Home Birth | Fit Pregnancy

Home Birth

DIY Birth

Let me ask you a question. Is there any purpose to labor pain or is it just the “curse of Eve?”  Could it be that one of the reasons why most women find labor so dang painful is because it forces us to trust others to help us?  

Jack's Birth Story, Part II

(Contined from Part I...)

Jack's Birth Story, Part I

Labor begins
Finally, three weeks later, here it is: our labor and delivery story (broken up into two parts since it’s a bit long, and I know as a reader that I’d want to hear all the details):

Home Sweet Home Birth

Last week, my niece was born. She was born at home, in a birthing tub, surrounded by midwives, doulas and family. When we heard she was here we were quiet more than jubilant. Somehow, knowing our niece had been born, and knowing--as we now know--what childbirth and childrearing entail, we weren’t in cigar-smoking, champagne-popping mode. Happy, yes. Delighted to have a new niece, relieved and happy and proud to know the home birth had gone well. And….pensive.

Study: Planned Home Births OK

New research suggests that home births with the help of a registered midwife are as safe as deliveries in hospitals, The Los Angeles Times reports.

Clashing Over Home Births

Eager to avoid medical interventions such as an induction or a Cesarean section, more women are choosing to give birth at home, often with the help of a midwife. Champions of the practice—including actress Ricki Lake, who documented her own home birth in the 2008 film The Business of Being Born—argue that for many healthy women at low risk for delivery complications, it’s a smart choice.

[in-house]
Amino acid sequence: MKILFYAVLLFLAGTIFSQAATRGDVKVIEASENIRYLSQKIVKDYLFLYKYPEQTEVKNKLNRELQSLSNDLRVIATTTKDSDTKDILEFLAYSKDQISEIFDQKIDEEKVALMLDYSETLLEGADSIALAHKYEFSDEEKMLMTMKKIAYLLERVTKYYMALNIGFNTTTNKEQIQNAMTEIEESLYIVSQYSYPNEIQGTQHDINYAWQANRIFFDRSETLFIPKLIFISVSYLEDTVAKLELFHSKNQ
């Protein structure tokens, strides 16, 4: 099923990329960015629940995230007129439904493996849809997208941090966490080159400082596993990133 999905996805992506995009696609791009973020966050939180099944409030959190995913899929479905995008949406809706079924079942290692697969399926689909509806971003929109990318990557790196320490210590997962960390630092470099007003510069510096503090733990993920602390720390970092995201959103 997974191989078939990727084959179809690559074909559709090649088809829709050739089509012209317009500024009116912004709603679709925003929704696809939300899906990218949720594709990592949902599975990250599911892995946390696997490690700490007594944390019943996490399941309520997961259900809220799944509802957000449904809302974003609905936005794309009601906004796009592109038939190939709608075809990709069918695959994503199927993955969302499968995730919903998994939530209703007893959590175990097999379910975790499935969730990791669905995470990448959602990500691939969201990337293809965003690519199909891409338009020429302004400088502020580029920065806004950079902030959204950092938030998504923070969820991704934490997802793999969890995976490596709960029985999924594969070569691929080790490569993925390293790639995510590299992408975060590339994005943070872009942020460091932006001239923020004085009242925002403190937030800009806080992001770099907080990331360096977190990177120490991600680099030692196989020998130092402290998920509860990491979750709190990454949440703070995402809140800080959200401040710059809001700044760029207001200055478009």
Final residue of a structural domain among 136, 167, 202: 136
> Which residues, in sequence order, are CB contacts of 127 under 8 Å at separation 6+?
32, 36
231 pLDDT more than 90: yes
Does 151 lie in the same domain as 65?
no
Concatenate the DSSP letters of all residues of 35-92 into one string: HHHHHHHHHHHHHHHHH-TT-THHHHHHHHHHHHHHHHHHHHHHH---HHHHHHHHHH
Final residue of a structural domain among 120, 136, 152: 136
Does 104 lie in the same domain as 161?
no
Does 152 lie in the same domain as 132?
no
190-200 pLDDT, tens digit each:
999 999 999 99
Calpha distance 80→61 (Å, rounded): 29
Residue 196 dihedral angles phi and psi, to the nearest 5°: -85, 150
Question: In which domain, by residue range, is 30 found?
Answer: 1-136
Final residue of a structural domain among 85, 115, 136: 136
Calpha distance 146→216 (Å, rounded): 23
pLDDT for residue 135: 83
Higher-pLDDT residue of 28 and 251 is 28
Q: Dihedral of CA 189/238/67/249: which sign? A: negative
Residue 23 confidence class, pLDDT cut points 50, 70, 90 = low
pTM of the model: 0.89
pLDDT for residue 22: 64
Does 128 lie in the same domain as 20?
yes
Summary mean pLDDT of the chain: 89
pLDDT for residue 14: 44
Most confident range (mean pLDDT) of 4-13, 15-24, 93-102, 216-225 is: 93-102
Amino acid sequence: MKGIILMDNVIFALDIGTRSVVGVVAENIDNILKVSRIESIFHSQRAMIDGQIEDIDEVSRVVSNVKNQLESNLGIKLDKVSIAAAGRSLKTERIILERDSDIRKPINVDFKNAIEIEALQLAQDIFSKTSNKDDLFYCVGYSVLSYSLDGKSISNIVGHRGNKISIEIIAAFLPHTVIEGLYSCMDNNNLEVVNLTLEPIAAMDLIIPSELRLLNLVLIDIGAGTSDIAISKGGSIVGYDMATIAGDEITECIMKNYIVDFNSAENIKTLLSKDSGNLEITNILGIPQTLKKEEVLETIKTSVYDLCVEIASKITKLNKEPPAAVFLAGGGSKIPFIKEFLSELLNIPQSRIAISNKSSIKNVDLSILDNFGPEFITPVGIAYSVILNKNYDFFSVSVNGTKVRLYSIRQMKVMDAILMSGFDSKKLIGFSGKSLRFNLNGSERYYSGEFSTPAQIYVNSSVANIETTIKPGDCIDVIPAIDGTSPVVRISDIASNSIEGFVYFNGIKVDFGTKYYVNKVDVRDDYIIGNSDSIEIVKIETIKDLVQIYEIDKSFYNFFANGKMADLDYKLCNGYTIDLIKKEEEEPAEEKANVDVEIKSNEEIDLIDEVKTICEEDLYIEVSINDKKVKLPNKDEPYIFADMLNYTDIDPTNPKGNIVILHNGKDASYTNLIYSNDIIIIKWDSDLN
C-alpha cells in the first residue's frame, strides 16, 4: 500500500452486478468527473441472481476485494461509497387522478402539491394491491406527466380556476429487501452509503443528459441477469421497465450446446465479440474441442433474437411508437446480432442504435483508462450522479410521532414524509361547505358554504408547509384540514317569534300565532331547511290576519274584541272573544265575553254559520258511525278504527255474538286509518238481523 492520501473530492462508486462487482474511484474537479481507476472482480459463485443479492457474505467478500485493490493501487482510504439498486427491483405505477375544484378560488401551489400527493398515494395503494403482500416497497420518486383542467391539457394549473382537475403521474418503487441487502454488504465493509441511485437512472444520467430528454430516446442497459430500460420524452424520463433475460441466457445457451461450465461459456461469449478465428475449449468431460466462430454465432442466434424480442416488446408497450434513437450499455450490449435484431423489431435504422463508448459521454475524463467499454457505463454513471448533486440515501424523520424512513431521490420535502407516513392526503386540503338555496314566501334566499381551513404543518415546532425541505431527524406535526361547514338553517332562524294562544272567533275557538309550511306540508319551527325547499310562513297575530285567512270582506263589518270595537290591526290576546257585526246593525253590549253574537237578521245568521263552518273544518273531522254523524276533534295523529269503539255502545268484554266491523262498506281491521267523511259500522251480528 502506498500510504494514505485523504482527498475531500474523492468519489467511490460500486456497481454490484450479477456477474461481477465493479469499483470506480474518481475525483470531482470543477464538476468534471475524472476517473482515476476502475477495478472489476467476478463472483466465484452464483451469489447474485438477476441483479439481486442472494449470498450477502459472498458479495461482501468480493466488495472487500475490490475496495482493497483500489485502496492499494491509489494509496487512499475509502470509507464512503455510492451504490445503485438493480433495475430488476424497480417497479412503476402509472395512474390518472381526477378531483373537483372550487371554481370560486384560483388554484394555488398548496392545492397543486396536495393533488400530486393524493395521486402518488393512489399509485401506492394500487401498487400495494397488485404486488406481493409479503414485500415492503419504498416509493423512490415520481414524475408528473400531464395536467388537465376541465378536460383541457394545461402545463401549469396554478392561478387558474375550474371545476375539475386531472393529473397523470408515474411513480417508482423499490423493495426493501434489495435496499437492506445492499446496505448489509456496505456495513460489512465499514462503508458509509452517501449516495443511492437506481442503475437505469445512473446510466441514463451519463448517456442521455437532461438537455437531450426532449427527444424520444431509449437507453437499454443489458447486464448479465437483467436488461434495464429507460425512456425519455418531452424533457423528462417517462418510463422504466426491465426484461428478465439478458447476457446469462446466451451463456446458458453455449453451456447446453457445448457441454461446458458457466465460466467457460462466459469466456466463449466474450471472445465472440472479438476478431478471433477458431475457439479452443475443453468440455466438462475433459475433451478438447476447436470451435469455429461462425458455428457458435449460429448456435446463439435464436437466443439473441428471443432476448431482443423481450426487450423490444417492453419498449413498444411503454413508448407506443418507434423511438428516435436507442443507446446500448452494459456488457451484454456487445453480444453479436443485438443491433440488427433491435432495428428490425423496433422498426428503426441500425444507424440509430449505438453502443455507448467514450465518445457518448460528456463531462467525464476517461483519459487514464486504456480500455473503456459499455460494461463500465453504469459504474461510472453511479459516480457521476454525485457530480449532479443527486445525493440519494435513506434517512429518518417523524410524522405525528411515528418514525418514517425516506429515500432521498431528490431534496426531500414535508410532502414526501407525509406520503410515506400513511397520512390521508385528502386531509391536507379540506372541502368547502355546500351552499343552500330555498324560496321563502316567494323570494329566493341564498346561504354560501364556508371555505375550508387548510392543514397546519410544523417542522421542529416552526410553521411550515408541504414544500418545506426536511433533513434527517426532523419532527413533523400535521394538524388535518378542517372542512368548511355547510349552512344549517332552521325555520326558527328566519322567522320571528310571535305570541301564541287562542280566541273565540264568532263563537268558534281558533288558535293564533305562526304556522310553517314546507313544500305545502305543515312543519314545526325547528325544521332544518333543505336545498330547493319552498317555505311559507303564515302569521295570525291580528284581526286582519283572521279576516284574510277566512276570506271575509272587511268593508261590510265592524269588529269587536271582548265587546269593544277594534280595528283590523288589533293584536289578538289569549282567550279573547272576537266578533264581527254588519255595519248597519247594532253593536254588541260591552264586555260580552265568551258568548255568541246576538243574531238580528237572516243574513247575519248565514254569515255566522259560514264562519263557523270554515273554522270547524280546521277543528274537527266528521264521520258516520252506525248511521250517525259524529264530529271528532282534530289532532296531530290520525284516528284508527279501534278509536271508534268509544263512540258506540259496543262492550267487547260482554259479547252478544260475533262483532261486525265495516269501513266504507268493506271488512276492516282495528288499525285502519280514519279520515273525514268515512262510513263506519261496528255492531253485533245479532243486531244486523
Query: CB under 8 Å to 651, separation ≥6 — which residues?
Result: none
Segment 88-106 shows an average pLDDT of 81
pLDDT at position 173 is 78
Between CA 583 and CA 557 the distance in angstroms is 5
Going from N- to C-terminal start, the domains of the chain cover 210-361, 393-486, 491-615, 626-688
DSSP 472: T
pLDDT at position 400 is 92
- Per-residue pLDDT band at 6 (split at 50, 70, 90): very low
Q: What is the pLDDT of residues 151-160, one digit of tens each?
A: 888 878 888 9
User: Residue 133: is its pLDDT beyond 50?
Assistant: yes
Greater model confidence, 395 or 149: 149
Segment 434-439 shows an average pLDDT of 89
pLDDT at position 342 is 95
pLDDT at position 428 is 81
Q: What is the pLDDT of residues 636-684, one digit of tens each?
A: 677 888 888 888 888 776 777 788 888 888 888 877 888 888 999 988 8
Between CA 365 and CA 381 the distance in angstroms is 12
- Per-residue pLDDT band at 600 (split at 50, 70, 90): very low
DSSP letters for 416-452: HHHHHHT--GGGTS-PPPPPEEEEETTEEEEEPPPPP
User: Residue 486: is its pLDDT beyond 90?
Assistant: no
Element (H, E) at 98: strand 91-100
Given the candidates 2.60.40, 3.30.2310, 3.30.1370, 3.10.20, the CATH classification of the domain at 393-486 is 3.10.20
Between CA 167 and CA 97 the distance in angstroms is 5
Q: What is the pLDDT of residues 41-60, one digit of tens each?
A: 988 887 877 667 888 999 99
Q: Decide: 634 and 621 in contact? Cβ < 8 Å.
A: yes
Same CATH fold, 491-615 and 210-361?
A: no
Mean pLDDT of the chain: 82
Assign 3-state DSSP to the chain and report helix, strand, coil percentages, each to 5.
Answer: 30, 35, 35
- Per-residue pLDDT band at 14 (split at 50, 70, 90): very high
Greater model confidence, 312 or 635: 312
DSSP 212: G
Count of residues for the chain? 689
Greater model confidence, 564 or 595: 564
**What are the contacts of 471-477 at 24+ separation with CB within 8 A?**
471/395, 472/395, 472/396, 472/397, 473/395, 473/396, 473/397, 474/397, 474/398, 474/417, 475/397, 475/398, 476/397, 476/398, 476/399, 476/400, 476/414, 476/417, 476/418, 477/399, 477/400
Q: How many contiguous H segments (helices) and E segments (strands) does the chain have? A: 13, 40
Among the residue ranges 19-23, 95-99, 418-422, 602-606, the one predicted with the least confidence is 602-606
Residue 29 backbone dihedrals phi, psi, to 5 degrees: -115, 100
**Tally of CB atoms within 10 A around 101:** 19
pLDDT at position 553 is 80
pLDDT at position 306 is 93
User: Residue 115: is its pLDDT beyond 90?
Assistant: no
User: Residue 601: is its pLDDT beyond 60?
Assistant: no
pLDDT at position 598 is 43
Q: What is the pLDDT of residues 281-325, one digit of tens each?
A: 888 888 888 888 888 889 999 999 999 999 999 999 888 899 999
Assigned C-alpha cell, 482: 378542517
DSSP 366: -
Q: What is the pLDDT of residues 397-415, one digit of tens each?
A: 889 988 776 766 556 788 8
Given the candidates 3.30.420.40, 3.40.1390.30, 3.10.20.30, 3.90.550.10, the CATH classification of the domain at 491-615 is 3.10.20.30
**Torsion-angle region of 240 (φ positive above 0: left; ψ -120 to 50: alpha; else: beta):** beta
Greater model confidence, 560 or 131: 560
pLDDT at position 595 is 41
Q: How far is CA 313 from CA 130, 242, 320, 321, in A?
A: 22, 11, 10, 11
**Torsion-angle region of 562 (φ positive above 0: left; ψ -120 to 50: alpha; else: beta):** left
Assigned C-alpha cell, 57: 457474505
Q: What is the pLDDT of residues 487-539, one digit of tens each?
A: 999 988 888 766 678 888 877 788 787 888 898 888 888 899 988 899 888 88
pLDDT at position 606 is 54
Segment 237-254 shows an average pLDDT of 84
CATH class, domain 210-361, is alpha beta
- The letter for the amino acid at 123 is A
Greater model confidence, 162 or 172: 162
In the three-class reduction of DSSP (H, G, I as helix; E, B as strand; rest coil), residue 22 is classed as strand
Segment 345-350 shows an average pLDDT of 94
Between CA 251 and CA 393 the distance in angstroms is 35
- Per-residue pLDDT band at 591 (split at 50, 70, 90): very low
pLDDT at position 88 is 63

Ricki Lake Interview

Former TV host Ricki Lake’s older son, Milo, was born 12 years ago in a New York City hospital. “After so many months of preparation . . . I was never in control. I had wanted to feel everything, but all I remembered of labor was fear and panic,” she writes in the preface to Your Best Birth. Shortly thereafter, Lake became a self-described birth junkie; and five years later her second son, Owen, was delivered at home, in water, by a midwife. “I chose to go against much of the advice given to me and did what I wanted, and it turned out even better than I expected,” she writes.

Home Birth

I recently watched clips from a show called “The Doctors”  where four physicians discuss health-related current events. Ricki Lake, talk show host and co-author of Your Best Birth: Know All Your Options, Discover the Natural Choices, and Take Back the Birth Experience,  was a guest panelist.  The topic was home birth.  The show’s OB/GYN, Dr. Lisa Masterson, MD, works at Los Angeles’ Cedars-Sinai Medical Center and trained at USC Medical Center.  Hey, that’s where I went to nursing school.  She says she’s seen thousands of births. Me, too!  Dr.

Home Births


There are a few issues I'd like to address here. First off, any doctor who laughs at you should be fired. Period. Now for the next issue: Yes, home birth can be a safe experience as long as you meet certain criteria: You must be in good health and carrying only one baby, with that baby in the vertex (head-down) position; you must have had no previous uterine surgery, such as a Cesarean section; and you must be ready to be an active partner in your labor experience.

Renewed Interest in Home Births

A majority of people in the U.S. think "hospital" when talking about giving birth to a baby. However, home births are gaining in popularity, even in cramped Manhattan, The New York Times reports. A growing number of moms-to-be without medical problems have been choosing to stay in their familiar surroundings of home with the goal of giving birth without any medical interventions (but with a certified nurse midwife on hand for assistance, of course).